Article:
Museum of Latin American Art Sells Off Dozens of Works – Facing a deficit, the Long Beach institution is selling a total of 121 artworks in an online “fire sale.” Nearly fifty works are from the museum’s own collection; the rest were donated by artists and collectors for the fundraiser. Together, the objects carry a high estimate of nearly $500,000. The museum has been shuttered since March and has already conducted one sale of artworks this year. (Los Angeles Times)

Meet China’s Millennial Super-Collectors – A new generation of super-collectors—one reared on the internet and educated around the world—is emerging in China and opening private museums. Michael Xufu Huang, who recently opened Museum X in Beijing, says that while “China is very powerful in the economic sense,” the nation ”needs a richer culture…. We need more in our lives than buying products and consuming things.” (South China Morning Post)


MOCAD Names Interim Director – Laura Hughes has been appointed interim director of the Museum of Contemporary Art Detroit following the departure of Elysia Borowy-Reeder, who was fired in July amid allegations of abusive workplace practices. Hughes has served on the museum’s board since 2019 and is the founder of Gusto Partners, a firm that specializes in stakeholder and relationship leadership that creates diverse and inclusive environments for social change. (Artforum)

German Gallery Transformed Into Testing Center – Berlin’s DNA gallery is one of many sites around the city that have been repurposed as virus testing centers. People can now get rapid antibody tests and more precise PCR tests while entertaining themselves with the art on the walls. (Monopol)

Artist Jackie Saccoccio Dies at 56 – The abstract painter died on Saturday of cancer at 56. Her gallery, Van Doren Waxter, described her as “a true painter’s painter.” Saccoccio’s highly physical process involved everything from rubbing or pressing together two still-wet canvases to applying mica to dripping paint from one painting to another. The result was deeply layered abstract compositions. (ARTnews)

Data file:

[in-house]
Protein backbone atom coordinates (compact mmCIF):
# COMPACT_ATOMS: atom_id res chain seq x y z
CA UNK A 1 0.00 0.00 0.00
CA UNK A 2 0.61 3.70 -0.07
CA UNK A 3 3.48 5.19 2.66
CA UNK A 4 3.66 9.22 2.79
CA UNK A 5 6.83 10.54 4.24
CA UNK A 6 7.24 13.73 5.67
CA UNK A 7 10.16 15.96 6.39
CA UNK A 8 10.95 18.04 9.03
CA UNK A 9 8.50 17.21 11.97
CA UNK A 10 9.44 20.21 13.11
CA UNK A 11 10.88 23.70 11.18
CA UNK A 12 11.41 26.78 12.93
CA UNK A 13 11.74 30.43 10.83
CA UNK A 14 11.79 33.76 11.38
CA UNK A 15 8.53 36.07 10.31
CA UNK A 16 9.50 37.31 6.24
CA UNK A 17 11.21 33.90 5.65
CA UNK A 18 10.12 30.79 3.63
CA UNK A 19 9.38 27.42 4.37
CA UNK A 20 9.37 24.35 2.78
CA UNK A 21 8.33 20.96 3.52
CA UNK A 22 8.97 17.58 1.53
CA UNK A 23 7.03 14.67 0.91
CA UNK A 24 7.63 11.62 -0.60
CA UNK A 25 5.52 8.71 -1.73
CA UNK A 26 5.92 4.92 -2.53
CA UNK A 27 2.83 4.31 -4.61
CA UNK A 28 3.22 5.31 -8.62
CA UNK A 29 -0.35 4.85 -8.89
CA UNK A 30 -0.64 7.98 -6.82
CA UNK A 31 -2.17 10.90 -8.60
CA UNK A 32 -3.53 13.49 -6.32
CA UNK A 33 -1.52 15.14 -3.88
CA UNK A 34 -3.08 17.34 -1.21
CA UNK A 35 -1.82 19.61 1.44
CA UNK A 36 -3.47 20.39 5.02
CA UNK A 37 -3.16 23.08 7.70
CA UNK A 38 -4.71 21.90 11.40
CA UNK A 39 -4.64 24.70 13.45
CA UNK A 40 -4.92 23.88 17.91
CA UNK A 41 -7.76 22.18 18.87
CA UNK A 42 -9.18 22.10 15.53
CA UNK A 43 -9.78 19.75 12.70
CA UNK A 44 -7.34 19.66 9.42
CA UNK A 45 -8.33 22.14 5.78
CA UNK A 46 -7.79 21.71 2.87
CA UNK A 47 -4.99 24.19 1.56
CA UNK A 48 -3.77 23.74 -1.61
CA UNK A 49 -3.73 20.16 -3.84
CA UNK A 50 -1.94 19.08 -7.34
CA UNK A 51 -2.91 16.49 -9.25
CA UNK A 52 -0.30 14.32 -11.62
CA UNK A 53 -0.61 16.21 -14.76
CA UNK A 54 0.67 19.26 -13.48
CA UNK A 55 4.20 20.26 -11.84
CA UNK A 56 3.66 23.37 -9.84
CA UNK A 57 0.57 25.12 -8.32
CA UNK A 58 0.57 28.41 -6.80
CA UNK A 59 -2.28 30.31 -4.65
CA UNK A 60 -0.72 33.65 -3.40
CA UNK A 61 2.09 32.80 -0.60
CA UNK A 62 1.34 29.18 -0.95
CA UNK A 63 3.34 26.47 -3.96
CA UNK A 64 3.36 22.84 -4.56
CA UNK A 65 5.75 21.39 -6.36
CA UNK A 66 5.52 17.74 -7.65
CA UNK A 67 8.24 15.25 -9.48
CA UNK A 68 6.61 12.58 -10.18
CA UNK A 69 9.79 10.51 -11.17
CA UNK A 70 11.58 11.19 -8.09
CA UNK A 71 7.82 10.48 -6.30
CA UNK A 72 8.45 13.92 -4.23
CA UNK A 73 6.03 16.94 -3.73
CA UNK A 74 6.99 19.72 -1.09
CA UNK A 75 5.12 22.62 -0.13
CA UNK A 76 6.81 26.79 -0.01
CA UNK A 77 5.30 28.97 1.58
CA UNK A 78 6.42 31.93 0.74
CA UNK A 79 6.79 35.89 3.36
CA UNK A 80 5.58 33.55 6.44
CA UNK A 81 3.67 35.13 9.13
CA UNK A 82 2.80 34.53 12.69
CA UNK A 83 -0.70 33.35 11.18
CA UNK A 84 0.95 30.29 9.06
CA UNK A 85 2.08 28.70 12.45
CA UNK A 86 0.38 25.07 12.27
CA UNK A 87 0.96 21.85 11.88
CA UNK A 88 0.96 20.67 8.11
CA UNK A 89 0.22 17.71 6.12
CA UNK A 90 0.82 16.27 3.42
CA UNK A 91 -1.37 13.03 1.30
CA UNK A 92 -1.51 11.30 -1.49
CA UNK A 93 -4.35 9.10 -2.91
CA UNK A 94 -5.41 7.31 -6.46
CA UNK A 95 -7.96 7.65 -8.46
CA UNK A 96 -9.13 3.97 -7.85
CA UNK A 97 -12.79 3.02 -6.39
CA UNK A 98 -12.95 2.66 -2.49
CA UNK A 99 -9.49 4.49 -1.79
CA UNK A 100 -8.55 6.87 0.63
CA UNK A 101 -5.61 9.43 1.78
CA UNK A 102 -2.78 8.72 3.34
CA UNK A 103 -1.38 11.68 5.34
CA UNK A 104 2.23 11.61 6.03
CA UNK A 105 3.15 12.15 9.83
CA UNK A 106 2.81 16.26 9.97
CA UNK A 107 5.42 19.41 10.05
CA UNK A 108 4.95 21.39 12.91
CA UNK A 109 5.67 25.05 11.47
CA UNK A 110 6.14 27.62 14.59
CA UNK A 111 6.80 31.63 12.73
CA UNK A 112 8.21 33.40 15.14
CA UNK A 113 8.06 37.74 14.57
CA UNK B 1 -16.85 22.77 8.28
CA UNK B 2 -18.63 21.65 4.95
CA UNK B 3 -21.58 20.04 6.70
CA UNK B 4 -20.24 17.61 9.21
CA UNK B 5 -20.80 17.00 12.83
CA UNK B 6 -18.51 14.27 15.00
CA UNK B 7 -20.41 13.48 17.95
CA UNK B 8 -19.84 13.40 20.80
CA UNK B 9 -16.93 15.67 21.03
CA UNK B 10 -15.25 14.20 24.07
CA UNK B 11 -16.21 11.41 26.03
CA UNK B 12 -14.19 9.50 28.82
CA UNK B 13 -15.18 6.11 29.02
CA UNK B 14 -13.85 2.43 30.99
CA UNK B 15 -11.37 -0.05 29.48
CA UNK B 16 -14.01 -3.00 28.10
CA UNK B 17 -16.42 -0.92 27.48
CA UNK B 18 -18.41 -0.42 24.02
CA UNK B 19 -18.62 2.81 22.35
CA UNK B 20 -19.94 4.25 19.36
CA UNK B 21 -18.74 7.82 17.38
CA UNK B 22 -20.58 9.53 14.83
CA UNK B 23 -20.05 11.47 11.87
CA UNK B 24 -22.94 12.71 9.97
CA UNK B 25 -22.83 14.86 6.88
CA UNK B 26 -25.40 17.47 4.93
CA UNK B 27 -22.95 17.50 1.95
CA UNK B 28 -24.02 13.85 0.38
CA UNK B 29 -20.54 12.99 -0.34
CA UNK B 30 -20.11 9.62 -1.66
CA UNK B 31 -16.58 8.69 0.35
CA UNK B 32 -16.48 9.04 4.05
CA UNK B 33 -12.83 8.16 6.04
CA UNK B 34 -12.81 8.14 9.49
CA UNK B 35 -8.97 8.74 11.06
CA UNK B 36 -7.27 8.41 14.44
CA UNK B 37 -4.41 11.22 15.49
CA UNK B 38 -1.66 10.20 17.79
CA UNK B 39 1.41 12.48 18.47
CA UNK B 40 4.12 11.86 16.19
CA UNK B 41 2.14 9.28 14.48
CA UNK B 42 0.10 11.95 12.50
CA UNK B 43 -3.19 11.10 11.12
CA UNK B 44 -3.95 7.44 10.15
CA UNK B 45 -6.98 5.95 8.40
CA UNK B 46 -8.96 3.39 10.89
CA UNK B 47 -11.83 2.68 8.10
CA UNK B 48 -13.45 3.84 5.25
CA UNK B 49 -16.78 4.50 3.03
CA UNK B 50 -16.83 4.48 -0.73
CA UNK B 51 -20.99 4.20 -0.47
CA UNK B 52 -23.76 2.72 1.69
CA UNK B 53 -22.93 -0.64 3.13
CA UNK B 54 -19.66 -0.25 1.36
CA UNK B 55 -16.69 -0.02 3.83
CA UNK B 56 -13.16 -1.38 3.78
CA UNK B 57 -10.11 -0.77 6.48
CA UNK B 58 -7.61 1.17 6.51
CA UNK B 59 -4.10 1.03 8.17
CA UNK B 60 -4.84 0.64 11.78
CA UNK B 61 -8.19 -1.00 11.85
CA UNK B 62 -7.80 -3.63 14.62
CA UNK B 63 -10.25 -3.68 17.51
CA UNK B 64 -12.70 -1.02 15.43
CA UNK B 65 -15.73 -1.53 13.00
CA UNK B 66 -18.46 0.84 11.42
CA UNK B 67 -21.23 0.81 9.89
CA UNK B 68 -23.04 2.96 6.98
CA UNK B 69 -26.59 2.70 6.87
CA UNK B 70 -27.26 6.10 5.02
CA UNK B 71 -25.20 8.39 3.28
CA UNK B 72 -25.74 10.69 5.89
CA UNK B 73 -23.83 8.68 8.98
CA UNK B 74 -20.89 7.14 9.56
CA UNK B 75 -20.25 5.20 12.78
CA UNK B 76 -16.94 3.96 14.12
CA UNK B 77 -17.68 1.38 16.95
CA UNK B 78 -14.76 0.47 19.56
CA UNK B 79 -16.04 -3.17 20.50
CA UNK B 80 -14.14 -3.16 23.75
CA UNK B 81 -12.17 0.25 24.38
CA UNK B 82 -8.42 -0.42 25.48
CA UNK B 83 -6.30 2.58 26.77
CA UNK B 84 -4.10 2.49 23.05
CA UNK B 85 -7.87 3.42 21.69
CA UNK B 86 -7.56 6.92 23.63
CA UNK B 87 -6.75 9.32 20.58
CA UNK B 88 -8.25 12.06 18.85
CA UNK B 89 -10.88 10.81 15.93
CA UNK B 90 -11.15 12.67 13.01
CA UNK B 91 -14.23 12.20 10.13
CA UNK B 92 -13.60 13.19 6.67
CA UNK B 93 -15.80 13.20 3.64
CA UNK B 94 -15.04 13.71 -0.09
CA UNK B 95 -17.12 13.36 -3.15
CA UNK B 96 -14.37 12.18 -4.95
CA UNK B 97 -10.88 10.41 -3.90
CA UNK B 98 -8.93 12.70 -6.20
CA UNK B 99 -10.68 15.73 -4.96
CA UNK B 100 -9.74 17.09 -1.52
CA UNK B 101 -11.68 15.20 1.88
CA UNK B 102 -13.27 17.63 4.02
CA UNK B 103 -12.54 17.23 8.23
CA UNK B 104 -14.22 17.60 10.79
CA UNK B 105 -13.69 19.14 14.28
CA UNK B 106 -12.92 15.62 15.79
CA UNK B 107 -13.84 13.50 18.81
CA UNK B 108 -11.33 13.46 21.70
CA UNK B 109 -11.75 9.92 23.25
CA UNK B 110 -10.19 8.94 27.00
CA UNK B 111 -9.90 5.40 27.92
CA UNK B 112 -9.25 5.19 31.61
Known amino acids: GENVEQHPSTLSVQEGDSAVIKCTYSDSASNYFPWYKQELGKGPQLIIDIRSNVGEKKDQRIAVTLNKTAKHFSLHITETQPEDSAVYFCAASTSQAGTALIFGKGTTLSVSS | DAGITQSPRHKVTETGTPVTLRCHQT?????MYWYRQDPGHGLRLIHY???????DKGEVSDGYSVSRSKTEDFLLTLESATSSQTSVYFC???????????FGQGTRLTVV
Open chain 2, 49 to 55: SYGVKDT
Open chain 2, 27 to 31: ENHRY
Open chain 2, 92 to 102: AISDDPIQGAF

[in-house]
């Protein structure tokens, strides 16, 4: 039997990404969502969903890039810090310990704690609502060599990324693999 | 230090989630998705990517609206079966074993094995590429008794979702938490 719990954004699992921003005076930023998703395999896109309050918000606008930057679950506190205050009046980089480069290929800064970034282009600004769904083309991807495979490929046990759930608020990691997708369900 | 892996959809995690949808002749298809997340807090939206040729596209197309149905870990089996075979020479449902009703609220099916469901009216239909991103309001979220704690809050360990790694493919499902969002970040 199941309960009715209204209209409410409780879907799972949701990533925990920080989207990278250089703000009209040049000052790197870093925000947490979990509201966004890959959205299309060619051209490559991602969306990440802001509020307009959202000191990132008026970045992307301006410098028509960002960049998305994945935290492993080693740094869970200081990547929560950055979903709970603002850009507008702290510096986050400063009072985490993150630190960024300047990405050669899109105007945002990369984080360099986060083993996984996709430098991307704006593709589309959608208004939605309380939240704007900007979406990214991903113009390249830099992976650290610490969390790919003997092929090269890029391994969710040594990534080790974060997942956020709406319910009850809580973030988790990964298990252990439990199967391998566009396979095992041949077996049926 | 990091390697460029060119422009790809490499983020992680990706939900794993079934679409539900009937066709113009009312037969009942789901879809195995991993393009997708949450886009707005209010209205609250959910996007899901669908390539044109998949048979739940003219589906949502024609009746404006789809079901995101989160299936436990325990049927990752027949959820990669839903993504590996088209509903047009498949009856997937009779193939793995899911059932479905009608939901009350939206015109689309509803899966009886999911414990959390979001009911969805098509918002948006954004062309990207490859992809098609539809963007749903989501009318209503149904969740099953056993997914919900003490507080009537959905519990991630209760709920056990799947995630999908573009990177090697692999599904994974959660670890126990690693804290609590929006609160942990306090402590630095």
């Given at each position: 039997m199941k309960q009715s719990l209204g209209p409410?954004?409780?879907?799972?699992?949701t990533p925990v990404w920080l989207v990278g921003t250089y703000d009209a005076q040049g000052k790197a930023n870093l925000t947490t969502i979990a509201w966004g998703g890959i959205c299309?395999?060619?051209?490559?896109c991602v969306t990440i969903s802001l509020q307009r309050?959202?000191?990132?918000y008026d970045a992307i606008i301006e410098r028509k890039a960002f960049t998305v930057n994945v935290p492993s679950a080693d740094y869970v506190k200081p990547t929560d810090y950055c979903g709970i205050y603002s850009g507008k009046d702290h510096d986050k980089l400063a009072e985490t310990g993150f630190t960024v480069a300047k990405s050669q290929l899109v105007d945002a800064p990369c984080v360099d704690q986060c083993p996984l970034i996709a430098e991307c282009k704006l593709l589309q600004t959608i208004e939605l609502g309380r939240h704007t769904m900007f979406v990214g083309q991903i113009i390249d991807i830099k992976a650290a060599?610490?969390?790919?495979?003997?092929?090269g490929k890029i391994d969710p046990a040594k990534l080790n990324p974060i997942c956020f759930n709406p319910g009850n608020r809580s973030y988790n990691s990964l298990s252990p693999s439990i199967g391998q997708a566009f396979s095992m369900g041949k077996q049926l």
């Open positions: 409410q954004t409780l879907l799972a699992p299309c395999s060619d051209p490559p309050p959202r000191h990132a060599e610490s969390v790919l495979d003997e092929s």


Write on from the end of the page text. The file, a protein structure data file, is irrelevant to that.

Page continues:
The Musée d’Orsay Will Have a Rosa Bonheur Show in 2022 – The Paris museum will present unseen works by the 19th-century French painter Rosa Bonheur in the fall of 2022. The painter was regarded as an art star in France during her time but had been relegated to the sidelines by art history—although some might be familiar with her story from the art-history easter egg in the hit Netflix show The Queen’s Gambit. (Le Parisien)

A New Map of Emerging Art in London – The contemporary art collection and platform Modern Forms has teamed up with students and staff at Central Saint Martins and Kingston School of Art to produce a map and database of London’s emerging art scene. Called Credit X, the project hopes to bolster nascent creative scenes in the English capital. (Press release)